Wednesday, August 19, 2009

Is Damon Cooperstown Bound?

We discussed whether the Yanks should bring Johnny Damon back yesterday, and he comes up again today because friend of the blog Josh at Jorge Says No! looked at the same article by Tyler Kepner but was inspired to write a post about a different portion of it; his potential of getting into the Hall of Fame.

Past the part we excerpted, Kepner notes that Damon has been a very well rounded player and has a chance at 3,000 hits:
Only three players have matched Damon’s career totals for hits (2,389), runs (1,459), stolen bases (370), doubles (443), homers (205), runs batted in (981) and batting average (.289). They are the Hall of Famer Paul Molitor and Roberto Alomar and Barry Bonds, who are not yet eligible for Cooperstown.

Damon has only one season with 200 hits — for Kansas City in 2000 — but he has an outside chance at 3,000 for his career. He is 10th in hits among active players, but only two players ahead of him are younger: his teammates Jeter (2,688) and Rodriguez (2,483).
Sure, it sounds pretty impressive that only three players are ahead of Damon in those seven categories, but it's a lot harder to get in the Hall for being good at a bunch of things than it is for being great at a couple. He's got a career OPS+ of 105 as a centerfielder, which tells us that he wasn't especially good at hitting for power or getting on base, and those are pretty important skills to have. Even guys like Bernie Williams and Jim Edmonds have him crushed in that category though they don't have the counting stats to go along. He wasn't any great shakes defensively, either.

Johnny needs 611 hits to get to 3,000 so it's pretty safe to assume he would need to play four more seasons to get there. Will he get that chance? I'm not so sure.

Josh conducts a Keltner List, a set of 15 qualitative questions, on Damon which is the best thing aside from a statistical analysis in terms of evaluating a player's Hall of Fame candidacy. Check out Josh's responses to the questions. I found myself agreeing with most every one.

The biggest variable here is that we don't know how writers are going to treat this era. If just 25% of writers don't vote for anyone who played in the so-called steroid era, well, no one is going to get in. Even if 10% or 15% make that decision, it's going to make it much harder to gain entry. If it was 15 years ago, this would be a much simpler question to ponder.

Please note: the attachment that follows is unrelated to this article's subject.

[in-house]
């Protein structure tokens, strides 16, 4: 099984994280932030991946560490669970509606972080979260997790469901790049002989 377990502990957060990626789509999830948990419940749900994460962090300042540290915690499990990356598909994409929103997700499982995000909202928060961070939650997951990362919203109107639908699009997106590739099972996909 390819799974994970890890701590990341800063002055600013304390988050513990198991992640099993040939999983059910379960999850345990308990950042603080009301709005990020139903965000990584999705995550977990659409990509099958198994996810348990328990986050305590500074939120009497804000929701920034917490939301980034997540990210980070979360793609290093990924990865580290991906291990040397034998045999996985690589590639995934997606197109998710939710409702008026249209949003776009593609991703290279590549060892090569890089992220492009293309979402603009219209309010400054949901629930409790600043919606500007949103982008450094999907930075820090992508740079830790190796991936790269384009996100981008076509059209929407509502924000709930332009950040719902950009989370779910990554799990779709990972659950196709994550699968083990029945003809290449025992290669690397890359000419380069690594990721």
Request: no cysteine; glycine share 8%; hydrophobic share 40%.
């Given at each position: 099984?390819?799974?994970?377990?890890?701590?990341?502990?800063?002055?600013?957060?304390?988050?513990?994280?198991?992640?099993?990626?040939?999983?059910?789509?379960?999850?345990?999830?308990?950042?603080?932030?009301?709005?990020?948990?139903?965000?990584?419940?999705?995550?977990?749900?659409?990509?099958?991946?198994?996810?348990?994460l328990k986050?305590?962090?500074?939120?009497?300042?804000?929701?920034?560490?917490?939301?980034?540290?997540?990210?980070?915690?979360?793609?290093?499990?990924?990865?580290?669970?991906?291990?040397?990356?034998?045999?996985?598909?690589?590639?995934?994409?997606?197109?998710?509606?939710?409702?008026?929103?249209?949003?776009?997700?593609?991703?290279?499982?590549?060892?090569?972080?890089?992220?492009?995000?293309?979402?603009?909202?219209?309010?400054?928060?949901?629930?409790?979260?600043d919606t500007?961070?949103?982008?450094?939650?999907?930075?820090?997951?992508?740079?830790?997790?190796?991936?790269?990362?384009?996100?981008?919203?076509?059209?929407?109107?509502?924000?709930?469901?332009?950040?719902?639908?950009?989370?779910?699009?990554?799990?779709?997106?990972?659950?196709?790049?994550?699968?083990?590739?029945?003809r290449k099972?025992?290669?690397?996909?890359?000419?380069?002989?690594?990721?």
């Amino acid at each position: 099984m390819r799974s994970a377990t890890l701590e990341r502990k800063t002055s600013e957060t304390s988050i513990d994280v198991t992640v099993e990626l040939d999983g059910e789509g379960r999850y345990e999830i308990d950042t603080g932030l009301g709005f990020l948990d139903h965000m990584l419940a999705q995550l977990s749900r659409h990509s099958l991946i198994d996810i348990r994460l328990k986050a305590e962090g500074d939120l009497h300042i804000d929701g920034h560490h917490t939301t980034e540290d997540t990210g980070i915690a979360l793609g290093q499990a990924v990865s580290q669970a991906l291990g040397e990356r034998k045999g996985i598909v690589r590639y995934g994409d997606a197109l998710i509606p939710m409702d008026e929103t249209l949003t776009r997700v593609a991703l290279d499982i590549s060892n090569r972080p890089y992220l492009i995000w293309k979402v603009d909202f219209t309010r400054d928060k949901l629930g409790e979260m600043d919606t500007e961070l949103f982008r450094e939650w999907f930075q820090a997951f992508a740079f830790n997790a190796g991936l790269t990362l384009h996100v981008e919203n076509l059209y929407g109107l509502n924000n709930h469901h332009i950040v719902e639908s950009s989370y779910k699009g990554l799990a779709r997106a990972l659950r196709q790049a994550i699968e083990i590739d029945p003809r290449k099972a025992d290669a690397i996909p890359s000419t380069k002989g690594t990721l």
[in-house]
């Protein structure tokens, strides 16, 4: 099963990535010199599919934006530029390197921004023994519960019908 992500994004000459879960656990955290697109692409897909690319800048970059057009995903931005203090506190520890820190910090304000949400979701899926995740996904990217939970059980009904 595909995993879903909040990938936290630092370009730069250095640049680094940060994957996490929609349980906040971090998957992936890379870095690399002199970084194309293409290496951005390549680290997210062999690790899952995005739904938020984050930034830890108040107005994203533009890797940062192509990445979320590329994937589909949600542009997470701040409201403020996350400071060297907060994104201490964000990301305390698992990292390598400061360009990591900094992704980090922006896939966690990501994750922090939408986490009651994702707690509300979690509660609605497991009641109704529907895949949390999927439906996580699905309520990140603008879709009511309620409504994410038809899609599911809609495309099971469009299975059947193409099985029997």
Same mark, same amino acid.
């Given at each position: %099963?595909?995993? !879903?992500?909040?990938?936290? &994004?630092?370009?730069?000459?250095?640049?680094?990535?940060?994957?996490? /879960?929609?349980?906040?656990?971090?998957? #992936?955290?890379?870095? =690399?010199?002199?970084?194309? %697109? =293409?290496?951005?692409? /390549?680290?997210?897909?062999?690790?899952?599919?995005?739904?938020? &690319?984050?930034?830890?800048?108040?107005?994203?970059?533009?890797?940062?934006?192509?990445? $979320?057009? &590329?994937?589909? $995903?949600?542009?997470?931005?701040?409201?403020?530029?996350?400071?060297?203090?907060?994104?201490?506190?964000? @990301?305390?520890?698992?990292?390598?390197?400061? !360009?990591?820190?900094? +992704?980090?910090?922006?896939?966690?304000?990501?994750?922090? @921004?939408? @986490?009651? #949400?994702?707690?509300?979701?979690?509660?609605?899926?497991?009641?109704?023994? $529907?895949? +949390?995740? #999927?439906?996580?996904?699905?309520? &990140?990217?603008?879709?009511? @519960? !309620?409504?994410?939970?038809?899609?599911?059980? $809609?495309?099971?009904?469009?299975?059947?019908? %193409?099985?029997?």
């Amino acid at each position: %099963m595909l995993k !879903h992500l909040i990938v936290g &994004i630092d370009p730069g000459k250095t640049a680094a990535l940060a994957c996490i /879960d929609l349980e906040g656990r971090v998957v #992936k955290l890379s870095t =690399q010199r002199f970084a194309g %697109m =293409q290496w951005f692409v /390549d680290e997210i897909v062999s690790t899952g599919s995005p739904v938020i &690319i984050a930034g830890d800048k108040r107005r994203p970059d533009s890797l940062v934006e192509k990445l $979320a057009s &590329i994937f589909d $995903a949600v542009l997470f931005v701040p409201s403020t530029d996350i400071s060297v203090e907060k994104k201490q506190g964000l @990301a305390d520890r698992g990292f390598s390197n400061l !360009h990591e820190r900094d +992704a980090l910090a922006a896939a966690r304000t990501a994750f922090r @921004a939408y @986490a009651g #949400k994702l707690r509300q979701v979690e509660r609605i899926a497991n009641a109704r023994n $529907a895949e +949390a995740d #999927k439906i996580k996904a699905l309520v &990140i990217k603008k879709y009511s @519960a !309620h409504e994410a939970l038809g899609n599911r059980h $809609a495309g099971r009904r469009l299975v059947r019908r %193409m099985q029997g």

Chances are, Damon is going to be up for consideration shortly after Ken Griffey, Jr. and Andruw Jones (388 HR, 115 OPS+) and alongside Ichiro and Carlos Beltran and I think all four of those guys have either vastly higher peaks or much better overall careers. Perhaps if he compiles 3,000 hits writers will have a hard time turning him down, but I think Damon will ultimately end up in the Hall of Very Good.


  1. For a guy like Damon, I think it will be very simple. 3,000 hits gets him in. If he comes up short he will be left out. They will not turn away a guy like Damon if he gets 3,000.

  2. You're probably right, Gripp, and that's indicative of how poor the BBWA is at comparative analysis as a whole. There are myriad other factors, but most writers with votes are too lazy to process them and instead would rather be able to point to a big round number and say "YES!".

  3. I think Damon gets a boost also from having at least an 8 year period where he was one of the best leadoff hitters in the game. His durability helped him put be right at the top of the list of a few categories during that time. That is very significant.

  4. That's a good point and one that the Keltner List doesn't address. You couldn't do it for every line up spot, and being the best clean up or #3 hitter would mean you're just one of the best hitters, period. But being a fast guy with good OBP skills and the ability to steal bases is a valuable conbination and all those guys tend to cluster towards the leadoff spot.

  5. All of that being said, I think 3,000 hits might be a long shot for him. While he has proven to be incredibly durable over his career, it is easy to envision him losing a chunk of time over the next few years. Unless of course he puts in a lot of time at DH which is possible.

  6. It is interesting to look at things based on usual line up position. Clearly no one is going to go to the Hall based on being the best #8 hitter ever, but the role of leadoff hitter as on offensive position is just as important as catcher or shortstop or centerfield as a defensive position.

    This is exactly why it's a travesty that Tim Raines is not in the Hall, and why come next January when he's denied induction yet again, I will be authorin a lengthy, angry post here that's chock full of numbers.

  7. Tim Raines should definitely be in the Hall. 808 SBs alone should get him in, but he was consistent. As opposed to Vince Coleman who is just below him on the SB list. His problem is that he was only great for about a four or five year period a la Don Mattingly.